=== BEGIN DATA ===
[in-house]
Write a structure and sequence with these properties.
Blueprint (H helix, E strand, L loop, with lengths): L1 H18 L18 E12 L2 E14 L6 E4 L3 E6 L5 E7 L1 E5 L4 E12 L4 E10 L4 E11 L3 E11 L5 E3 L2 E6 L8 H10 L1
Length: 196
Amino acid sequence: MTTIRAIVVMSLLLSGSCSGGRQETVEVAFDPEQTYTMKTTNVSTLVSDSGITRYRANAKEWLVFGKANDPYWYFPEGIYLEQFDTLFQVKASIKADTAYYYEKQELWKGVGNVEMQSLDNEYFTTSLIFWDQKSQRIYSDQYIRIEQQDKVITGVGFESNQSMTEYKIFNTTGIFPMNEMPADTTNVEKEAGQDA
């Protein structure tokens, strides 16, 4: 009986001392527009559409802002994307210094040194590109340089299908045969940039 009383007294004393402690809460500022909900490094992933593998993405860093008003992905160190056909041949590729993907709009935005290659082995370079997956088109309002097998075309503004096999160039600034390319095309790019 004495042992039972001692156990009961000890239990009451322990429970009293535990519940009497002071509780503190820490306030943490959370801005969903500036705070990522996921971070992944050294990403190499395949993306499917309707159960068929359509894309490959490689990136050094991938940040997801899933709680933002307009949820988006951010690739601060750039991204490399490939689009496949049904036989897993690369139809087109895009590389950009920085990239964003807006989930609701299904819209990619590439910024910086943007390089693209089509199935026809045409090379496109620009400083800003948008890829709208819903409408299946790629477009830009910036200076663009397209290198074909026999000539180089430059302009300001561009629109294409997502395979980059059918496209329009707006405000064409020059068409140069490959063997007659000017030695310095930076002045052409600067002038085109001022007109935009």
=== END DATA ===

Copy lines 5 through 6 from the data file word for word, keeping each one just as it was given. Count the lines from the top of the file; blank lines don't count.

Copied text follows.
Amino acid sequence: MTTIRAIVVMSLLLSGSCSGGRQETVEVAFDPEQTYTMKTTNVSTLVSDSGITRYRANAKEWLVFGKANDPYWYFPEGIYLEQFDTLFQVKASIKADTAYYYEKQELWKGVGNVEMQSLDNEYFTTSLIFWDQKSQRIYSDQYIRIEQQDKVITGVGFESNQSMTEYKIFNTTGIFPMNEMPADTTNVEKEAGQDA
């Protein structure tokens, strides 16, 4: 009986001392527009559409802002994307210094040194590109340089299908045969940039 009383007294004393402690809460500022909900490094992933593998993405860093008003992905160190056909041949590729993907709009935005290659082995370079997956088109309002097998075309503004096999160039600034390319095309790019 004495042992039972001692156990009961000890239990009451322990429970009293535990519940009497002071509780503190820490306030943490959370801005969903500036705070990522996921971070992944050294990403190499395949993306499917309707159960068929359509894309490959490689990136050094991938940040997801899933709680933002307009949820988006951010690739601060750039991204490399490939689009496949049904036989897993690369139809087109895009590389950009920085990239964003807006989930609701299904819209990619590439910024910086943007390089693209089509199935026809045409090379496109620009400083800003948008890829709208819903409408299946790629477009830009910036200076663009397209290198074909026999000539180089430059302009300001561009629109294409997502395979980059059918496209329009707006405000064409020059068409140069490959063997007659000017030695310095930076002045052409600067002038085109001022007109935009």